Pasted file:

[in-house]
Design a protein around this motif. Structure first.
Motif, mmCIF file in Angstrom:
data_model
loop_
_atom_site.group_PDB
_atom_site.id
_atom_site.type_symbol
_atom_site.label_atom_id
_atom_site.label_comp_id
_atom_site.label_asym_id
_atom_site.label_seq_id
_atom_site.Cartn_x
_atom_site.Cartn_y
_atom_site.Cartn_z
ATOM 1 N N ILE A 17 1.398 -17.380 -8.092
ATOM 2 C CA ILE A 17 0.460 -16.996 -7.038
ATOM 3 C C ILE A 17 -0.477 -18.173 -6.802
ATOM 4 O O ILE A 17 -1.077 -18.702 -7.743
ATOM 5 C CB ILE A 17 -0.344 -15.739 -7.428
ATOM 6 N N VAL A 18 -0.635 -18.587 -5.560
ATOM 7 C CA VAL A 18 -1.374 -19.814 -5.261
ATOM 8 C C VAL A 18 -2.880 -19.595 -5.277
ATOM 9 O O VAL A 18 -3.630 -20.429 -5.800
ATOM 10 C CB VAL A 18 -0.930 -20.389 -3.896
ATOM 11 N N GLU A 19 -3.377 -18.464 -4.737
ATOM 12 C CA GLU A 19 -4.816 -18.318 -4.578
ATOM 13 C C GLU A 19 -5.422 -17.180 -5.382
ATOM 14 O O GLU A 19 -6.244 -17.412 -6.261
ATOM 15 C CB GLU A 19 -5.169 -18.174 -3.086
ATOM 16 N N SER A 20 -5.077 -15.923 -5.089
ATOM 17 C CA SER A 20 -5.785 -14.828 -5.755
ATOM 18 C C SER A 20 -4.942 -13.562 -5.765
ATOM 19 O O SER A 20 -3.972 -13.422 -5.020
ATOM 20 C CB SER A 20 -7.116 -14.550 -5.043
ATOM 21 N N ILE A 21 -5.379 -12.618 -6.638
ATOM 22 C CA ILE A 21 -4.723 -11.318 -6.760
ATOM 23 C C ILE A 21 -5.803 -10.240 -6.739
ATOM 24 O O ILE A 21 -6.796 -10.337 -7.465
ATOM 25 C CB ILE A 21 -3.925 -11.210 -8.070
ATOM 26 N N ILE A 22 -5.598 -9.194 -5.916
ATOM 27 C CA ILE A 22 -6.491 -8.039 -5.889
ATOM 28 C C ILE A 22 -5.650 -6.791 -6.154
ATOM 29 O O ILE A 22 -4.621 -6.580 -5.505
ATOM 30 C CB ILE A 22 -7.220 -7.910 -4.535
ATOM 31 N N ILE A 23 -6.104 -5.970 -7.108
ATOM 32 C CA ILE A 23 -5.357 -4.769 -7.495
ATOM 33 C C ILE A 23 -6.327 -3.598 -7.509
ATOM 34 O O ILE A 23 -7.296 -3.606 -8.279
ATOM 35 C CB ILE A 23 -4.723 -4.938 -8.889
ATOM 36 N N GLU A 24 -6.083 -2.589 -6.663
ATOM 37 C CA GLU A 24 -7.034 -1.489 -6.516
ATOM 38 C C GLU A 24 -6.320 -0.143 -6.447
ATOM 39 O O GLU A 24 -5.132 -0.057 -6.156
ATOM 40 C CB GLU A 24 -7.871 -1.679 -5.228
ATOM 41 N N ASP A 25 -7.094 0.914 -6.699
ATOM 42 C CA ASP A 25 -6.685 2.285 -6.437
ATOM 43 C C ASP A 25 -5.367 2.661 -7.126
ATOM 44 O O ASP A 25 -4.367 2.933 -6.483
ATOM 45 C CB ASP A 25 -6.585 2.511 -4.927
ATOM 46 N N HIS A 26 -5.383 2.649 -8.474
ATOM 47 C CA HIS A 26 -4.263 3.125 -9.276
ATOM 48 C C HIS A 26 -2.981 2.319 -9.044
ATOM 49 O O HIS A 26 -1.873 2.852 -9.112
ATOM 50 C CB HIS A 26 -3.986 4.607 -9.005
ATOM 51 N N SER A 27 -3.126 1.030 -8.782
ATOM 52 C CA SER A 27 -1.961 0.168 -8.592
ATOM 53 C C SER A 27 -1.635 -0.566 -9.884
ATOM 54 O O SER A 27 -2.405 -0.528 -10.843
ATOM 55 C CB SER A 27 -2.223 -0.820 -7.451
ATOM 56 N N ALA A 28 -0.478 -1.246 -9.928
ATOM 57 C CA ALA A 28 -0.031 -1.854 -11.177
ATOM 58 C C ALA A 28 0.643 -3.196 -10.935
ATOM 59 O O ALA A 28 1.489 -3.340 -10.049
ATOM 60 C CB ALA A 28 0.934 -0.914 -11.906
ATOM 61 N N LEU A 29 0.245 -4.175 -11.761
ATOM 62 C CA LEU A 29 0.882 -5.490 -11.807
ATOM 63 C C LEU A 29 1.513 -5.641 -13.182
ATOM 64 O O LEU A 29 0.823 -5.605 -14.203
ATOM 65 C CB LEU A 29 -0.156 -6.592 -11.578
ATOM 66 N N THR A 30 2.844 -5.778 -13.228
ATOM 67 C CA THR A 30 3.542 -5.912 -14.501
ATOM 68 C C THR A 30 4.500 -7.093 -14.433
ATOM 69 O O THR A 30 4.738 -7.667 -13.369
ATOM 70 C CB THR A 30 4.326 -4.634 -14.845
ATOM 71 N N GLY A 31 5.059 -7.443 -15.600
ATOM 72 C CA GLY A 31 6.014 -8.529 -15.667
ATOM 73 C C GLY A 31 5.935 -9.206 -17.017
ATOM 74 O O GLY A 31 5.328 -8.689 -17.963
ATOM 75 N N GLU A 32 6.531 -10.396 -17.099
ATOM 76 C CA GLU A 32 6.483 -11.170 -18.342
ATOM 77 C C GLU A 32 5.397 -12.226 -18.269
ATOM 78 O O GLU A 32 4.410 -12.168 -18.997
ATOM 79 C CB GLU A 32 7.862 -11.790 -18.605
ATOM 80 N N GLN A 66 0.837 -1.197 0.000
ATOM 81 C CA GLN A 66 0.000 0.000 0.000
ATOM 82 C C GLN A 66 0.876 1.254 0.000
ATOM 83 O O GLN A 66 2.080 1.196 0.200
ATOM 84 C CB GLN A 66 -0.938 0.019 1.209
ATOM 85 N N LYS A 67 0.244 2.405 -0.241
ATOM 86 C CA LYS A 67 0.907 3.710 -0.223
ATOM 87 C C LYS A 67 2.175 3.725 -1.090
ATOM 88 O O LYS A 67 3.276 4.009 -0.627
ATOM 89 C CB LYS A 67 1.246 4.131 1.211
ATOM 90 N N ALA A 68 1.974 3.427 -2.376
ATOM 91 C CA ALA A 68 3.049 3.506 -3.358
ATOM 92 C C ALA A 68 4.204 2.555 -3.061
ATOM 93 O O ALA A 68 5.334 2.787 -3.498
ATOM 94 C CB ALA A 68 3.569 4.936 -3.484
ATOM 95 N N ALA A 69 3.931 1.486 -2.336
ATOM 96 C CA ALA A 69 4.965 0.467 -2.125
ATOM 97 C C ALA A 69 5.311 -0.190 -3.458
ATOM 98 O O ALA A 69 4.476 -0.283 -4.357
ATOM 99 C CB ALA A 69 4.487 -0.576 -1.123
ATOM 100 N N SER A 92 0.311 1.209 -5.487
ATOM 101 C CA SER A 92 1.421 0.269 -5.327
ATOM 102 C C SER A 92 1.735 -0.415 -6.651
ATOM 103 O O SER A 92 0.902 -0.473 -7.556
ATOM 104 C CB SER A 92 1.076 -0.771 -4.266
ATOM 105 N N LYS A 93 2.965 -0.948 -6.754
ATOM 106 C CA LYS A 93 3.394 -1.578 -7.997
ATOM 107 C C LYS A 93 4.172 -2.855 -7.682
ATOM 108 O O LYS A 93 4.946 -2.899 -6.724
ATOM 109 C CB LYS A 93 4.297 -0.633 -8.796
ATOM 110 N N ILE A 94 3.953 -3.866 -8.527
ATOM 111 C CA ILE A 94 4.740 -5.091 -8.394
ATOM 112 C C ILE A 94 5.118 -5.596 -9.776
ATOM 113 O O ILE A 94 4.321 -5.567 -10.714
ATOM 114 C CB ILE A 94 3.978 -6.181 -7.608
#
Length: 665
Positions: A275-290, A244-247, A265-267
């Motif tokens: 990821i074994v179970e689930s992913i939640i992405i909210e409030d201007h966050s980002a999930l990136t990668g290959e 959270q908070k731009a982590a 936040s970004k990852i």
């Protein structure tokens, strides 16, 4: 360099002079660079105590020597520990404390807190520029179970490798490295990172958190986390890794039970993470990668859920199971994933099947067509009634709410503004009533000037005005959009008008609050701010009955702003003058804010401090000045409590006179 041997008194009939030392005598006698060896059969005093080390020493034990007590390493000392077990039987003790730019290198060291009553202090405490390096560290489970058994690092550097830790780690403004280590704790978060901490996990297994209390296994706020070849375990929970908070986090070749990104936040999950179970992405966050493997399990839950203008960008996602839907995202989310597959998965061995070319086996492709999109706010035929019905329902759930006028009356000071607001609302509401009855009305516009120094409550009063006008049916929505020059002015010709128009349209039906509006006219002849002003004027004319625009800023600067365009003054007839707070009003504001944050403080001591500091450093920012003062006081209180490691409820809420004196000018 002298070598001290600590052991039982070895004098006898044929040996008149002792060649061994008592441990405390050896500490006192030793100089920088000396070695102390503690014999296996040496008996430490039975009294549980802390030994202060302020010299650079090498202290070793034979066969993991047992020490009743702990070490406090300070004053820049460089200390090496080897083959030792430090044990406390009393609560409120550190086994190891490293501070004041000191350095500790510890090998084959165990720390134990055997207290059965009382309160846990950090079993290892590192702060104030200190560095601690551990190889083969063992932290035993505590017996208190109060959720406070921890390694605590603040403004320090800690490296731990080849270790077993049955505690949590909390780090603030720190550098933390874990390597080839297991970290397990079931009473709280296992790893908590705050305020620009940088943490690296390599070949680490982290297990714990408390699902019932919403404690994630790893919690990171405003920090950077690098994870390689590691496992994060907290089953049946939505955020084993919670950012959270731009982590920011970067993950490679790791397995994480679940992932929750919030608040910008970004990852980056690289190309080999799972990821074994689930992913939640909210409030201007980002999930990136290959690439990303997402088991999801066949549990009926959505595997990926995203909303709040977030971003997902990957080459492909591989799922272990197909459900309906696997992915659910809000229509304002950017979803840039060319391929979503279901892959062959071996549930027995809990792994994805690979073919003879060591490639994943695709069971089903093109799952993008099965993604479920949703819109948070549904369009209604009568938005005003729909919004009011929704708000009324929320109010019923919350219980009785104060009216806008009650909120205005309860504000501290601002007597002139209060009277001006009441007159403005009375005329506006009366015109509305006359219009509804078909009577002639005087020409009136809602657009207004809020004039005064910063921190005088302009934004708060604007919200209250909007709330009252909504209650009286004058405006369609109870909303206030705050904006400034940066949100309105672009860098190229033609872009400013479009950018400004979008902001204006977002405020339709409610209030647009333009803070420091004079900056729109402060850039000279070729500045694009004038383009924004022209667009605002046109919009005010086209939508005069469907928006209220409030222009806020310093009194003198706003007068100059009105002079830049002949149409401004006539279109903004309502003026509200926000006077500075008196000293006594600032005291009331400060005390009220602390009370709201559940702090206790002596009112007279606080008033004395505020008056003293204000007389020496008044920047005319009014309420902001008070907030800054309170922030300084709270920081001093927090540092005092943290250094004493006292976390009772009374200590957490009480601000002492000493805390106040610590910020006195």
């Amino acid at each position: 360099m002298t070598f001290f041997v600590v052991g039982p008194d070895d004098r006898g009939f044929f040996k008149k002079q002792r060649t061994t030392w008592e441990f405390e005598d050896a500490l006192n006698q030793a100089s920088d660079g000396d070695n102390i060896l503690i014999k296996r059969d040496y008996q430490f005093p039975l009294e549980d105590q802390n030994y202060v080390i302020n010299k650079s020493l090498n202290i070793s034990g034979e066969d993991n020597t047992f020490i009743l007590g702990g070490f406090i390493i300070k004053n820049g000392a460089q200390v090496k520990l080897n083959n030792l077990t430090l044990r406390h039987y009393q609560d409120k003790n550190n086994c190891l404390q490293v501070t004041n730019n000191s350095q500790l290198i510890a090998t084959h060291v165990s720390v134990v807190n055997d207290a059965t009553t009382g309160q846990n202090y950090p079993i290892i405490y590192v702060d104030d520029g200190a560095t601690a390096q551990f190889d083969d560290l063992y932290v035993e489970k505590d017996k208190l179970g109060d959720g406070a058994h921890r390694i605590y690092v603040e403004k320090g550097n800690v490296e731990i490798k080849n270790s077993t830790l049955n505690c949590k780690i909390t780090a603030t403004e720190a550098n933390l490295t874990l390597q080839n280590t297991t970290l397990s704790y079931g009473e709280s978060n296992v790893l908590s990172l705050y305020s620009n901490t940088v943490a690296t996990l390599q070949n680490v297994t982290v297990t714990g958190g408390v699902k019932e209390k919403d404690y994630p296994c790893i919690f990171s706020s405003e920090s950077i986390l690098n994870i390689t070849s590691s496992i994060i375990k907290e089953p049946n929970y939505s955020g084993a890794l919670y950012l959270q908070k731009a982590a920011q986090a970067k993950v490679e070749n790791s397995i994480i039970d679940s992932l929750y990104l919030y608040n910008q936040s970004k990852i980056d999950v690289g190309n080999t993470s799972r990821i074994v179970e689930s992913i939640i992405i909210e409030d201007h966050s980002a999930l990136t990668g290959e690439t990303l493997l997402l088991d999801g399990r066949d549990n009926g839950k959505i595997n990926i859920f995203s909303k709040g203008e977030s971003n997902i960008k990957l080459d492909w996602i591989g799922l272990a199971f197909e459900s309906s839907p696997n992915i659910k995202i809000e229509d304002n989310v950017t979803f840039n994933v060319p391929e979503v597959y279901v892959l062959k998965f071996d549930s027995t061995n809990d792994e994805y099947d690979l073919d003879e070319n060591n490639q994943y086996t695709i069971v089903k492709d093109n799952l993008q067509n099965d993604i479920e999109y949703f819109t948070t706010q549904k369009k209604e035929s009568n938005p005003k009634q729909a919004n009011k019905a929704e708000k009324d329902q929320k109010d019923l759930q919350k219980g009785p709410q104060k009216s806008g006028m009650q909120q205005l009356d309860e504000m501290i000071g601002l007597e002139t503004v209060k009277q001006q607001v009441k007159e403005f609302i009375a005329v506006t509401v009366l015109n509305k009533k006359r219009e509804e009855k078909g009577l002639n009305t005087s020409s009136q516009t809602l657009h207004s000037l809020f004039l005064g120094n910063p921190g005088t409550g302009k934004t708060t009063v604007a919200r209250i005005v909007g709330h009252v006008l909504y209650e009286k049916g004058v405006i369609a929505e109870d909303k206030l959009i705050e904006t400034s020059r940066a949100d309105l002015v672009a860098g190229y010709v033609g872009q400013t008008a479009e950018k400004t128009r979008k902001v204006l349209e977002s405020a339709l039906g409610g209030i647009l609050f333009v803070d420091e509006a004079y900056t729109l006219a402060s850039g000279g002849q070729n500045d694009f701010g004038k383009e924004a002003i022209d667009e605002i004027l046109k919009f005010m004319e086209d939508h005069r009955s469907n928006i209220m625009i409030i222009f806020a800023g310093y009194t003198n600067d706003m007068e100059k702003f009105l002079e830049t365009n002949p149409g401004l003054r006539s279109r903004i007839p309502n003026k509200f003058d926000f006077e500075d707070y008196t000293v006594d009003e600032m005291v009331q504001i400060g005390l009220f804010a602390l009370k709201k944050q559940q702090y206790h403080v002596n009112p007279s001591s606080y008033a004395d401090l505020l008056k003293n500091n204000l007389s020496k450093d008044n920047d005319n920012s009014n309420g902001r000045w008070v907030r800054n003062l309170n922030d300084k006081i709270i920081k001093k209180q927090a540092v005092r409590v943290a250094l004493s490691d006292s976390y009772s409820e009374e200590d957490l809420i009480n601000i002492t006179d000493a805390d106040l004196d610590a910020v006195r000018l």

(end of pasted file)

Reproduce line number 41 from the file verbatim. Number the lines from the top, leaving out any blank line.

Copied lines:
ATOM 26 N N ILE A 22 -5.598 -9.194 -5.916